Video Testimonials are like liquid gold for marketing your B2B business, and they offer a uniquely authentic piece of proof that new customers will be in safe hands.

But capturing the perfect case study video is not as easy as it seems. We speak to marketers regularly about the fact that they have tried to capture testimonial videos from happy clients, but have been disappointed by what they have been able to extract.

So here we have our seven perfect questions to ask on camera. We suggest you follow this order too as these questions build on each other. Feel free to get in touch if you have any questions about video production in Melbourne.

 

1. Tell me about your business.

This might seem like a boring one, but it will quickly establish the authority and setting in which your business did the great work. It’s also a nice warm-up so the interviewee can warm into the ‘speaking on camera’ zone.

 

2. How was it that you came to start working with Company X?

Establishing the way the businesses came together can add credibility too, we often get great stories of remarkable referrals ‘My business mentor told me I simply had to use Company X because all of their clients had such extraordinary results using them, and with a glowing review like that I thought I’d give them a try.’

 

3. Tell me about what your {problem} was like before you engaged Company X.

This will paint the picture of how bad things had been, this will often help paint the picture for how bad the viewer’s situation is, and encourage them to take action.

 

4. How did you work with Company X, what did they do for you?

This is the money shot – We use this one to dig the deepest – if you listen closely you’ll have a bunch of naturally occurring follow up questions. ‘What was it like?’ ‘how long did that take?’ ‘when did you start to see results?’ etc.

 

5. What do you love most about your experience working with Company X?

This is the emotive one, it lets the interviewee fly with their emotive language – they can feel free to fire up in this answer. People who are absolute raving fans (or ‘Sneezers’ as Seth Godin would call them) will use this moment to speak openly about their undying love for Company X.

 

6. Was there anything that pleasantly surprised you about the work that you did with Company X?

This one is optional, but worth asking … about 30% of the time we’ll get “No” and that’s ok, 20% of the time we’ll get “no, and that was the best part, they laid everything out for us from the start and it was wonderful.”¬†Then the remaining 50% give you something like “We could never have prepared ourselves for the speed and level of service they offered us. Nothing was too hard, everything was done quickly and efficiently and exceeded our every expectation.”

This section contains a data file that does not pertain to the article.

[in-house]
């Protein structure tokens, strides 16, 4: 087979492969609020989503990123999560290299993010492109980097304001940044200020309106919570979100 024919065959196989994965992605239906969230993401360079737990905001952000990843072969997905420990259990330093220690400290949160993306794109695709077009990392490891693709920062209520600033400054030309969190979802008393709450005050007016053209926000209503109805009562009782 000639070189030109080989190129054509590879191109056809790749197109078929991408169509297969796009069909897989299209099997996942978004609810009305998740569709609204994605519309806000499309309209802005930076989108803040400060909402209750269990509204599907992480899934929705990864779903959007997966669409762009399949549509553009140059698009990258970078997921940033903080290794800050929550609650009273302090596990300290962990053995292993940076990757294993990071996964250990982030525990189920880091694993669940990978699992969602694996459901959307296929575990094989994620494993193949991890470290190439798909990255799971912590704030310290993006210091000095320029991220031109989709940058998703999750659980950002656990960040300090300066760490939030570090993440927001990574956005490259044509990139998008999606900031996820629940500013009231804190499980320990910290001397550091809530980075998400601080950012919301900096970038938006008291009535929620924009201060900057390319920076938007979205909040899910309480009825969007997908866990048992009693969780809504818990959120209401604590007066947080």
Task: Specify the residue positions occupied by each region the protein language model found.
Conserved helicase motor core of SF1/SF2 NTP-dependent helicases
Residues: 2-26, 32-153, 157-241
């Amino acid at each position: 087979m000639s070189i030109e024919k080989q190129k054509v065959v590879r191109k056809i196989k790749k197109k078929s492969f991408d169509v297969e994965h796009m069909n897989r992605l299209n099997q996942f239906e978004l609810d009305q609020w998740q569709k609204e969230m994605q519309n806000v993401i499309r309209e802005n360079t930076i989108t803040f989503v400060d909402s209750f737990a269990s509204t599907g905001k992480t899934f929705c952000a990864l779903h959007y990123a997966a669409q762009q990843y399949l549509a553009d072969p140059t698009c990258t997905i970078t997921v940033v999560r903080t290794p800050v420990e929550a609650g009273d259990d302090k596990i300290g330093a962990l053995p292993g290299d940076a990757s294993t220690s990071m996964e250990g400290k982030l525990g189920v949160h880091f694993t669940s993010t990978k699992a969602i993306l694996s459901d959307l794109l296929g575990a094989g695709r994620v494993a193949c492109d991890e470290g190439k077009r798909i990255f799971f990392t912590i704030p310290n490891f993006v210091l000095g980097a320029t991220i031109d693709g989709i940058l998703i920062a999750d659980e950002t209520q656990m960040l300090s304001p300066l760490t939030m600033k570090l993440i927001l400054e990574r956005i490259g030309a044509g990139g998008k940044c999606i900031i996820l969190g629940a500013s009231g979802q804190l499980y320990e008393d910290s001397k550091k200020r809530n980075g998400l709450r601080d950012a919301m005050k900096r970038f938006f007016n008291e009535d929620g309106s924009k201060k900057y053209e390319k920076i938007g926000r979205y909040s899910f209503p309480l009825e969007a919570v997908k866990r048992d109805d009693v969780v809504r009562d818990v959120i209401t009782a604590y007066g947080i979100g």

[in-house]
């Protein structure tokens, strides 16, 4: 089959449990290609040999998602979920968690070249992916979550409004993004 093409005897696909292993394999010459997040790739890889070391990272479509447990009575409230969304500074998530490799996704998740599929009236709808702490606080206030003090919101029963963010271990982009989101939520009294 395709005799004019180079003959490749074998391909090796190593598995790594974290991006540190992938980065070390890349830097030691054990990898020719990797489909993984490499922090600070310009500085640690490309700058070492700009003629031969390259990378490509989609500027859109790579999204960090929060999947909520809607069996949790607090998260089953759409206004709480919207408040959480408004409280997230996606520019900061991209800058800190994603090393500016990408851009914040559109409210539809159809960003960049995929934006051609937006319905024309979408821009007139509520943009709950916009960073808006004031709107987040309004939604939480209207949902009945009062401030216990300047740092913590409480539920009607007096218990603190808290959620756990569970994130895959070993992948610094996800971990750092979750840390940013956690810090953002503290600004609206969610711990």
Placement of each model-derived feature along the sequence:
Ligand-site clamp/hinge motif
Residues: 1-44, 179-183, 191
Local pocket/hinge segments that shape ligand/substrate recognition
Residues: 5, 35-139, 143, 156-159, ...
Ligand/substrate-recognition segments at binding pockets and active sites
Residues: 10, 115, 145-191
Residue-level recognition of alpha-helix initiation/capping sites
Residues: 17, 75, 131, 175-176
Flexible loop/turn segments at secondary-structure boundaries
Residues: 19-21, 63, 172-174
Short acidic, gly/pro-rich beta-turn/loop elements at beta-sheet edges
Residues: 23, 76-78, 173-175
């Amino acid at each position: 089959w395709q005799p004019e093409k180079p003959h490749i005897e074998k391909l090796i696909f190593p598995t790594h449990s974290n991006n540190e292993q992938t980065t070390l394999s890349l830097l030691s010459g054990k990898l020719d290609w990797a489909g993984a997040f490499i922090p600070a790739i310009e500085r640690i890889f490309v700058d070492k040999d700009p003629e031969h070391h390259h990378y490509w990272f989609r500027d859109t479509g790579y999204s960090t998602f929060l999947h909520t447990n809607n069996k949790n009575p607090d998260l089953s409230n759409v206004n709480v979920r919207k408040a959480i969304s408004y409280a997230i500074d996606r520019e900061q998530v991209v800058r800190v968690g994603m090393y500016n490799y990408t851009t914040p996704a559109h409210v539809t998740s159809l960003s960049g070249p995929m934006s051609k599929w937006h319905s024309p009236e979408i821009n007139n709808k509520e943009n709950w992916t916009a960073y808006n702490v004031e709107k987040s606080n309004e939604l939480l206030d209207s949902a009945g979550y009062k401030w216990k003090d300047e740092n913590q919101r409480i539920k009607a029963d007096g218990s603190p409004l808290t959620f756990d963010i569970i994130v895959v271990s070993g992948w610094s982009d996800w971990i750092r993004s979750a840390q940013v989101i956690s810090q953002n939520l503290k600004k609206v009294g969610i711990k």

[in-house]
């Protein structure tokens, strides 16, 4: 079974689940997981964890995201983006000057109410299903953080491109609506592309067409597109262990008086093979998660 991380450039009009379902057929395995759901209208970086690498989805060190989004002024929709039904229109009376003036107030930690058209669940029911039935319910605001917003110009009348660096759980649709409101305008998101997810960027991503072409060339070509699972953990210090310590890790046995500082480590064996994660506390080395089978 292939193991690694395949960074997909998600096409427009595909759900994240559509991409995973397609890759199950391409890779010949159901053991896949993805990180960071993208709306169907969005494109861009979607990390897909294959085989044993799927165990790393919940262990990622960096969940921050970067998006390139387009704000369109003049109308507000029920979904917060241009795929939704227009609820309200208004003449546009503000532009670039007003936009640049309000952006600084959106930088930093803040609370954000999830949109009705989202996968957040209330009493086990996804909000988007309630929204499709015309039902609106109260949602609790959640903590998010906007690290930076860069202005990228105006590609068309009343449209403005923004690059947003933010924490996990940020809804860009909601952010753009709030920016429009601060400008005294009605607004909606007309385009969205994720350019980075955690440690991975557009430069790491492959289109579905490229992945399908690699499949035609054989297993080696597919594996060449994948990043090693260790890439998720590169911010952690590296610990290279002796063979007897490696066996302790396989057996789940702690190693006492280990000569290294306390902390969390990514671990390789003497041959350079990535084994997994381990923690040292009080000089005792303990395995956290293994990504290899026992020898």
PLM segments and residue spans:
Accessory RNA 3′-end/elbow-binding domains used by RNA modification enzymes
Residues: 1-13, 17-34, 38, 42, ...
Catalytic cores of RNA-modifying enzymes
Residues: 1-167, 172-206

7. What else would you like to tell us about your experience with Company X?

We ALWAYS ask this one. Sometimes they’ve said everything they wanted too, but often there will be a nugget of gold lying just here, waiting to be discovered. They’ll speak to a pain point you didn’t know existed. They’ll make reference to something that no-one even was aware had happened, or they’ll speak about something that will relate strongly with your audience.

 

If you use these questions, along with the naturally occurring follow up questions – you’ll get some sensational testimonial videos to share on your website and through your digital channels.

Remember to be curious and be interested in the answers your interviewee is giving, and you’ll get some really engaging content.

 

Tips for using the 7 questions:

  • You must listen closely and ask the follow-up questions you want the answers too. This will make for a more engaging interview anyway, but it will also help you paint the full picture.
  • Don’t push for the interviewee to use specific language or keywords, let them do it in their own words.
  • Make sure the interviewee is looking at the interviewer and not the camera. This needs to feel engaging and relaxed, like a chat over a cup of tea, not an interrogation.
  • In some instances, the power of the case study will be in a numerical value, an ROI or a dollar figure. We ask about this directly before the interview starts so we can gauge how comfortable the interviewee is with divulging this info. If they are open to sharing this info, then its great to get, but nothing can make your interview more uncomfortable than asking someone to speak about something they aren’t comfortable sharing.